Translated from Spanish, the Rio Escondido is the “Hidden River.” It is in the far eastern part of Nicaragua and empties into the Atlantic Ocean.

With 10 Wilmington College (WC) students, my wife and five-year-old son, we were crossing Nicaragua to visit friends of the family with whom we lived for eight weeks in Managua, the capital of Nicaragua.

WC had been designated as a sister college to the National Autonomous University of Nicaragua in 1969, and I had been selected to take students there to establish the relationship.

We were on our way to the Atlantic coastal village of Bluefields.

This topic emerged this morning as I asked my wife what she wanted for breakfast and she responded that she wanted fresh fruit that included some pineapple — but not too much of that fruit, as she remembered our stop at Rama (translated “branch”) on the way to Bluefields, where we split a whole pineapple on our trip across Nicaragua.

Her memory was clear since the not-very-ripe pineapple burned her mouth.

Rama is a frontier village where boats were loaded and unloaded taking goods from coast to coast. This was the dry season so there was plenty of river traffic.

I can remember so clearly the men loading and unloading the boat we were to take as they sang the Calypso songs of the Caribbean – it was like being at a Harry Belafonte fest. As is so common in much of the world’s remote regions, there were just two restaurants in Rama, both run by Chinese workers and providing good Chinese food.

There were no rooms in the boat where we could spend the overnight trip down the river, but mats were provided on the deck. As we passed during the night and the next morning, the noises of the jungle and the occasional houses standing eight or 10 feet above the earth on stilts gave one the feeling of being in another world – which we were.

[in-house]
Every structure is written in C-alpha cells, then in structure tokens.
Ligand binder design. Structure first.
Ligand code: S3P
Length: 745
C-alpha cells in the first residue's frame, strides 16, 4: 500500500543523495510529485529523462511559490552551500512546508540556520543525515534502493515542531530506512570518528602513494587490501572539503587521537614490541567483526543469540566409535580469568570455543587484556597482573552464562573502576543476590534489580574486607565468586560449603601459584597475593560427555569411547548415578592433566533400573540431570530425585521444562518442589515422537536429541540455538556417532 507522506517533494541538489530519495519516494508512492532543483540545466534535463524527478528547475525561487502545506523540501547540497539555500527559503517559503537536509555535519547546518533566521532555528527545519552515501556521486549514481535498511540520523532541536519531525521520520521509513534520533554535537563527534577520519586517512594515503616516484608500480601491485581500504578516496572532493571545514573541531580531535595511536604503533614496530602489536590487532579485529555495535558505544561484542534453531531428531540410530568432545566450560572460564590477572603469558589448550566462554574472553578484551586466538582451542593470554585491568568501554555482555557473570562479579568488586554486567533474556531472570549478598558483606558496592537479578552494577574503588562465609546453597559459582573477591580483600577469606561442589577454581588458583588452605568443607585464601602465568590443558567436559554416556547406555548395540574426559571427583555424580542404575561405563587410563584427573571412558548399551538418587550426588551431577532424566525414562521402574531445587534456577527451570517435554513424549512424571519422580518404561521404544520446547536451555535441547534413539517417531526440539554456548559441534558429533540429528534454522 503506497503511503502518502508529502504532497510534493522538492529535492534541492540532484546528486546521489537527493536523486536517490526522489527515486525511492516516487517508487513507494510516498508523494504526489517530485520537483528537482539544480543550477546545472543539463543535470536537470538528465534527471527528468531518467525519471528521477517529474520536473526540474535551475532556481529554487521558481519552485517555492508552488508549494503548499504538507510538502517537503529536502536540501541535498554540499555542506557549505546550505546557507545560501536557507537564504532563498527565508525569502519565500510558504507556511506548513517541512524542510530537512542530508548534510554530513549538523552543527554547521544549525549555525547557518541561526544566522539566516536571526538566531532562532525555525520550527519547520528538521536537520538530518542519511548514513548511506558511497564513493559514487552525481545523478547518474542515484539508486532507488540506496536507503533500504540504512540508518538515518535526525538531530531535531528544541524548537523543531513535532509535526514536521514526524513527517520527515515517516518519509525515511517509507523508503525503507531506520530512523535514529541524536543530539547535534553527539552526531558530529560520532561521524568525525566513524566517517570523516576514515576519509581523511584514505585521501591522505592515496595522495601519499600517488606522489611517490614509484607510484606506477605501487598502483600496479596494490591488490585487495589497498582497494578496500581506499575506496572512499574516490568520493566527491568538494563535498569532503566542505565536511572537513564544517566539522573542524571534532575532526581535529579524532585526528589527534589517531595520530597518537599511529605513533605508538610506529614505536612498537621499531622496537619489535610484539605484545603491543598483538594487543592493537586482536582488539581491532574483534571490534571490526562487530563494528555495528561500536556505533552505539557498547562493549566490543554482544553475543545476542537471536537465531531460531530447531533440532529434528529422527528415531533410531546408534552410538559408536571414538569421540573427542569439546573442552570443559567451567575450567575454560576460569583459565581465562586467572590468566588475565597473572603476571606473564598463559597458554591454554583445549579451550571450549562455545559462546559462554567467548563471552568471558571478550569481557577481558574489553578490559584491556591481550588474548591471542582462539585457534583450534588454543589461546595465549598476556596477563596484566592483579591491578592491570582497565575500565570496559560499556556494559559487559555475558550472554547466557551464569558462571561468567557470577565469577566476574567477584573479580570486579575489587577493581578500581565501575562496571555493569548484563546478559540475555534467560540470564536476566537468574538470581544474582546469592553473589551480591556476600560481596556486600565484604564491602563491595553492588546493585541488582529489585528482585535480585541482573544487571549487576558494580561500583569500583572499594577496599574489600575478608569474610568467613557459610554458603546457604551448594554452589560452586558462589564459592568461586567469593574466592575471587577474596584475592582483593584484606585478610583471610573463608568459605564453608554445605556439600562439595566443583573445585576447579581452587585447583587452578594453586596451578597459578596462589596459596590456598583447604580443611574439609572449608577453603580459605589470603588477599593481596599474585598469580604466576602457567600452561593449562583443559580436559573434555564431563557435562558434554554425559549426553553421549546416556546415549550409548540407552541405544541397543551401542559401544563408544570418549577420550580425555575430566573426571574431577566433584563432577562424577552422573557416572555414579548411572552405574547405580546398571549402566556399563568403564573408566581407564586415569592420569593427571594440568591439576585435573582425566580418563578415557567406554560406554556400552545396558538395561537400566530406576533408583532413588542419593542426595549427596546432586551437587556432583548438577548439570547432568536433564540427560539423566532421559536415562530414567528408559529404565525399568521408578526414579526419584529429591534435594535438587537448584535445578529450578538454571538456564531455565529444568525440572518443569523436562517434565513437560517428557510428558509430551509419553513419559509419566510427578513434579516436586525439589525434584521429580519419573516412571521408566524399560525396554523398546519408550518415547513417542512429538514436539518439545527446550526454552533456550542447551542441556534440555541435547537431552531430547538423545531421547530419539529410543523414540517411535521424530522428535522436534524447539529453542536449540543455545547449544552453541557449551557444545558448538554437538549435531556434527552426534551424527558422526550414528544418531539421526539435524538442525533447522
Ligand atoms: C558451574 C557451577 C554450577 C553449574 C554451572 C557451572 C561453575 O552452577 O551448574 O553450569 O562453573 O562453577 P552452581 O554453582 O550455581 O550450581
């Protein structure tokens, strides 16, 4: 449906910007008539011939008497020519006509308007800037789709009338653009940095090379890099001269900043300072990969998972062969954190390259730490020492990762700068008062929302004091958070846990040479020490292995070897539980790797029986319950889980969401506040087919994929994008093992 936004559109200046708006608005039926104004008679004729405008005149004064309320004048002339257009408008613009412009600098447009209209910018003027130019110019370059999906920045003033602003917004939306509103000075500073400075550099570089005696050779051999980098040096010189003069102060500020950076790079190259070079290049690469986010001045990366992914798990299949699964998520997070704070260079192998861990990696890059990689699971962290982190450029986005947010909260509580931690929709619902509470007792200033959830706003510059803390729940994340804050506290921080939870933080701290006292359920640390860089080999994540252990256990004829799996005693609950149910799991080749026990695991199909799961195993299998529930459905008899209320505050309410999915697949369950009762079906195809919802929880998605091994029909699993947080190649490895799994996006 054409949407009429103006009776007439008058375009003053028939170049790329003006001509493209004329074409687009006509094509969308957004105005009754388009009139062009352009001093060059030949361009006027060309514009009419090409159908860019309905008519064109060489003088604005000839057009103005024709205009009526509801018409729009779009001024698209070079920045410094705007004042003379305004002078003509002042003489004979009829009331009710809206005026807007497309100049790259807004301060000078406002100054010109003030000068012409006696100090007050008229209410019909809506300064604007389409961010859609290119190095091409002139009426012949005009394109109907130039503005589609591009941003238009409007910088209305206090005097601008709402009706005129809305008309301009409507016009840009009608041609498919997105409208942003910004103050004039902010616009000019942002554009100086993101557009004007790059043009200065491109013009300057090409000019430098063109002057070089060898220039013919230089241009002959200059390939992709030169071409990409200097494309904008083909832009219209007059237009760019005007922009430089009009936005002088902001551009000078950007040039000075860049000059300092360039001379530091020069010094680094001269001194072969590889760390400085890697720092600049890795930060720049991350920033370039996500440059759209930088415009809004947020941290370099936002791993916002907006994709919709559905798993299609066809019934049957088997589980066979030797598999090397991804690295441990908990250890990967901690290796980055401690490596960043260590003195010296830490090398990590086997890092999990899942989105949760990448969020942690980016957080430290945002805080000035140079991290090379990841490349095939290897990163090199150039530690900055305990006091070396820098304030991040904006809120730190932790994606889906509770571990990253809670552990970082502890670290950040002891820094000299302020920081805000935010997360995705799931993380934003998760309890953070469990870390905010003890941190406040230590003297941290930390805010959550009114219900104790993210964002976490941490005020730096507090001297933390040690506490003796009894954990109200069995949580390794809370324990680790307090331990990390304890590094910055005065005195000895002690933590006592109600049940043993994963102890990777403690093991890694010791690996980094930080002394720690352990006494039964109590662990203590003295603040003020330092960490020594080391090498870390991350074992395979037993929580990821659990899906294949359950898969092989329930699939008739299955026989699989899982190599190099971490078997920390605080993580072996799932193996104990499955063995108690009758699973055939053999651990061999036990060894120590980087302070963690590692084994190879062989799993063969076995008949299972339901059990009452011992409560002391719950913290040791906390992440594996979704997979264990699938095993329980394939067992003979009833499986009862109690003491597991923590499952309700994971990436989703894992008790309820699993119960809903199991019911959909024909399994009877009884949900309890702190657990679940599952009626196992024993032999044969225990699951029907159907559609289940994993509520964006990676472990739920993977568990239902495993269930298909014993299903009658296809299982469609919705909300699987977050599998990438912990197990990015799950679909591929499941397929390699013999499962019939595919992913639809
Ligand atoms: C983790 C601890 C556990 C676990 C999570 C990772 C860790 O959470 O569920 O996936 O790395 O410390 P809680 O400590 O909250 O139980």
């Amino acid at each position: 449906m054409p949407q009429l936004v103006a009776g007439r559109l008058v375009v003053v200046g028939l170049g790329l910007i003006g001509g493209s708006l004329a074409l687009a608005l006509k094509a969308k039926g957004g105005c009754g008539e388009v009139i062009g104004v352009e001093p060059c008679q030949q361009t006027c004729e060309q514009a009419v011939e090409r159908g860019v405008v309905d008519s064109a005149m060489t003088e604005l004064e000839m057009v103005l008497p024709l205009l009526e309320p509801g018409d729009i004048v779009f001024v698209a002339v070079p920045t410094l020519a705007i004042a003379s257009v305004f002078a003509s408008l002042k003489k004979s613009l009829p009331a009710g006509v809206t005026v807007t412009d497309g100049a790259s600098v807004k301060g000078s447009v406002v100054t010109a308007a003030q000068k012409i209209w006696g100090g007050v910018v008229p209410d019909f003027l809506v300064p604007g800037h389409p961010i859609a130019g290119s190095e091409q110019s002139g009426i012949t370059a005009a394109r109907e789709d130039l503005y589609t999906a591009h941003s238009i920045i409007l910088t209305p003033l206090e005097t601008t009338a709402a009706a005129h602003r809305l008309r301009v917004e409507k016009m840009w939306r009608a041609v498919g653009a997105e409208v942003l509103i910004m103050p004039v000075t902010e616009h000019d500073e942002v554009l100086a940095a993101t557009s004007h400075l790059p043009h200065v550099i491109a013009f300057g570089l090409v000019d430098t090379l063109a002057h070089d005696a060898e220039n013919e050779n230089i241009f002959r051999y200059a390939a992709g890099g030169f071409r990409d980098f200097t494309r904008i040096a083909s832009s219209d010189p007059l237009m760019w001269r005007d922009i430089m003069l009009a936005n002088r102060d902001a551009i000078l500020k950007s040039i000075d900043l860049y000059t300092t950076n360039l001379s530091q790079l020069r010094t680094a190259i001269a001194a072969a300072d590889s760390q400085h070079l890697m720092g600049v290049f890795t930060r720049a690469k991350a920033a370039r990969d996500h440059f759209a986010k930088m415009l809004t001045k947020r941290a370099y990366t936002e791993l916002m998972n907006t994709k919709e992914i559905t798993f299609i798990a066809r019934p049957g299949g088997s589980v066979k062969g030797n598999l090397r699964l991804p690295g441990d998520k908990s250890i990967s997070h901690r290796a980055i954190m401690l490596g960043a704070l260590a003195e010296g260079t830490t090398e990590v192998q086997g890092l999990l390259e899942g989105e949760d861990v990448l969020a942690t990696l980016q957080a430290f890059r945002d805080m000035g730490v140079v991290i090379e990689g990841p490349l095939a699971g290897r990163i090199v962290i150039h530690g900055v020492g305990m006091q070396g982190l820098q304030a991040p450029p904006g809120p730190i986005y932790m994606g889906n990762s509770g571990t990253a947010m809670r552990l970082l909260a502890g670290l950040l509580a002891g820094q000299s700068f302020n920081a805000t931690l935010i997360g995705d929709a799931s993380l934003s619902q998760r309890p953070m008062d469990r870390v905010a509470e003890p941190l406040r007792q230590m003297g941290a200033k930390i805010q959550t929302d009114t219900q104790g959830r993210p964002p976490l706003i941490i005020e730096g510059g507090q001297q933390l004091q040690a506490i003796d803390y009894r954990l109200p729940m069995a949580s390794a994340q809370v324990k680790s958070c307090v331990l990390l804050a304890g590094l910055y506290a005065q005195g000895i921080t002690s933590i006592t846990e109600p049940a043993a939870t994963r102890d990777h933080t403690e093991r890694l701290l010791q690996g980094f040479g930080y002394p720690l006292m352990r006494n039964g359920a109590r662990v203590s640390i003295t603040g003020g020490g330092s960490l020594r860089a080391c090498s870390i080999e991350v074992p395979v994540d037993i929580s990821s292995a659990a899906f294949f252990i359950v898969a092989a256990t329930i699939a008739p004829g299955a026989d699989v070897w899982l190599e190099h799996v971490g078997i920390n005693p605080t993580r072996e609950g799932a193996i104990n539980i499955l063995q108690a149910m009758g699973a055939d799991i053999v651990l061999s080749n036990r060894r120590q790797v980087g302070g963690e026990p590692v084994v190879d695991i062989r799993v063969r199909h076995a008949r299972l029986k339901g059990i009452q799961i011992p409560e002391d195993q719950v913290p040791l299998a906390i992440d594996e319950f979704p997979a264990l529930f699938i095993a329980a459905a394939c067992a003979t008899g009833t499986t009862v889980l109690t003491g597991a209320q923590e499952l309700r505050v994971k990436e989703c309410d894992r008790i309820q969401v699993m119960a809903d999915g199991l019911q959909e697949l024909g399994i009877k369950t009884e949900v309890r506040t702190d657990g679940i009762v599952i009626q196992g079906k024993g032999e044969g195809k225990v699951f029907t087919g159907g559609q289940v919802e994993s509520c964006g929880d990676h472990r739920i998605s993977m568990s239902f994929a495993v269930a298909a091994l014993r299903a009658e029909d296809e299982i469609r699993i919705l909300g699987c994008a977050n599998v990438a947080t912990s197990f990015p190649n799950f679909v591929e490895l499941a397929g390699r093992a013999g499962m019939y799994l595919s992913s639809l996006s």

Some of the students being unaware of the sleeping norms inside the boat discovered hammocks tied in bundles and hanging from the rafters and started to help themselves, but were deterred with little conversation — they belonged to local travelers.

Two books I have read and reviewed for the WNJ concerning this coast evoke some memories for me, vis-à-vis this trip. First is “The Miskito Coast” which was made into a movie (historically known as the “Miskito Coast”) – a somewhat silly story of a family from Boston that went to the Miskito Coast to build a gigantic air conditioner, which, of course, failed. And, second, “The Land That Never Was”, a history of an Englishman who sent desperate settlers to a mythical land in the same region to seek their fortune.

It was a total fraud – as I commented, it made Bernie Madoff look like a novice.

It was a brief stay on the coast with local very poor folks arranged by a priest. The most memorable event for my family was a meal we had with a very poor woman in her home.

The lunch was a soup which had set for some time as we were late arriving, and that waiting time was just enough for ants to invade our soup. I was certain that ants swimming in our soup was simply too much for my wife who was just possibly a bit too particular to endure this humiliation.

But, alas, she came through, as they say, with flying colors. In went the spoon to the murky mix like a life-saver rescuing each of the struggling survivors, which were then set free on the table, and my victorious wife downed the life-giving soup like it was served at the best hotel!

The residents of this remote coastal location are primarily Garifuna people who are a racial mixture of African and Native American. Like so many Third-World people, they struggle to survive and, when possible, they move to larger cities in the countries in which they live. Many hope to come to, and some realize coming to, the U.S.

The many sources on the internet indicate that, of the current 300,000 Garifuna people in the world, most live along the coast in Central America, but many also live in the U.S. and Canada, although no numbers are given.

Neil Snarr is Professor Emeritus at Wilmington College.

Neil Snarr

Contributing columnist